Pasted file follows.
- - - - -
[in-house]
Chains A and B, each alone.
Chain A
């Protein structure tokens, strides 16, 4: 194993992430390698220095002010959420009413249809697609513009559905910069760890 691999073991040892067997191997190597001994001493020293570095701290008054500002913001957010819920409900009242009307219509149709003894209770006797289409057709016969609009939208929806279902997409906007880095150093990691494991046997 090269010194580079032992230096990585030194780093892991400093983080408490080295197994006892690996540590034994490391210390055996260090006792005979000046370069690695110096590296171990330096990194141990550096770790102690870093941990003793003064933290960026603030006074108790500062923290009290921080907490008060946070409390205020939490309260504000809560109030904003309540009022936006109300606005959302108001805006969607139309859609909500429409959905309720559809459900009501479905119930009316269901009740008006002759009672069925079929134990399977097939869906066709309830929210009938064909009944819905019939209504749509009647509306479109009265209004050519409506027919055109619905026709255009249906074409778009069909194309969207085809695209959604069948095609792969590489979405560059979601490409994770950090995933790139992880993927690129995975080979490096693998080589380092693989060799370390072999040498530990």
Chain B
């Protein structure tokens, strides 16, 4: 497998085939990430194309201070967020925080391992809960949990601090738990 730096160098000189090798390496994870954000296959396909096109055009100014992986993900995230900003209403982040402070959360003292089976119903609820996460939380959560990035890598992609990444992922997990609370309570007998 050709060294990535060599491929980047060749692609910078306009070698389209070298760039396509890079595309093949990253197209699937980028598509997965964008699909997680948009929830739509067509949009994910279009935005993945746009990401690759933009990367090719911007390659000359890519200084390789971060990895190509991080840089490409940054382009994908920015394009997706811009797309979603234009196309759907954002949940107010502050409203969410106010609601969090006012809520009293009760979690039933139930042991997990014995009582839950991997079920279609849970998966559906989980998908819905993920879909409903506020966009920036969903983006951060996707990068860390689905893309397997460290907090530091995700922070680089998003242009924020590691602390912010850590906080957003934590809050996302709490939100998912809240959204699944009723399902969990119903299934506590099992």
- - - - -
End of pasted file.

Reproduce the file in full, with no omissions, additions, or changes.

[in-house]
Chains A and B, each alone.
Chain A
């Protein structure tokens, strides 16, 4: 194993992430390698220095002010959420009413249809697609513009559905910069760890 691999073991040892067997191997190597001994001493020293570095701290008054500002913001957010819920409900009242009307219509149709003894209770006797289409057709016969609009939208929806279902997409906007880095150093990691494991046997 090269010194580079032992230096990585030194780093892991400093983080408490080295197994006892690996540590034994490391210390055996260090006792005979000046370069690695110096590296171990330096990194141990550096770790102690870093941990003793003064933290960026603030006074108790500062923290009290921080907490008060946070409390205020939490309260504000809560109030904003309540009022936006109300606005959302108001805006969607139309859609909500429409959905309720559809459900009501479905119930009316269901009740008006002759009672069925079929134990399977097939869906066709309830929210009938064909009944819905019939209504749509009647509306479109009265209004050519409506027919055109619905026709255009249906074409778009069909194309969207085809695209959604069948095609792969590489979405560059979601490409994770950090995933790139992880993927690129995975080979490096693998080589380092693989060799370390072999040498530990």
Chain B
């Protein structure tokens, strides 16, 4: 497998085939990430194309201070967020925080391992809960949990601090738990 730096160098000189090798390496994870954000296959396909096109055009100014992986993900995230900003209403982040402070959360003292089976119903609820996460939380959560990035890598992609990444992922997990609370309570007998 050709060294990535060599491929980047060749692609910078306009070698389209070298760039396509890079595309093949990253197209699937980028598509997965964008699909997680948009929830739509067509949009994910279009935005993945746009990401690759933009990367090719911007390659000359890519200084390789971060990895190509991080840089490409940054382009994908920015394009997706811009797309979603234009196309759907954002949940107010502050409203969410106010609601969090006012809520009293009760979690039933139930042991997990014995009582839950991997079920279609849970998966559906989980998908819905993920879909409903506020966009920036969903983006951060996707990068860390689905893309397997460290907090530091995700922070680089998003242009924020590691602390912010850590906080957003934590809050996302709490939100998912809240959204699944009723399902969990119903299934506590099992």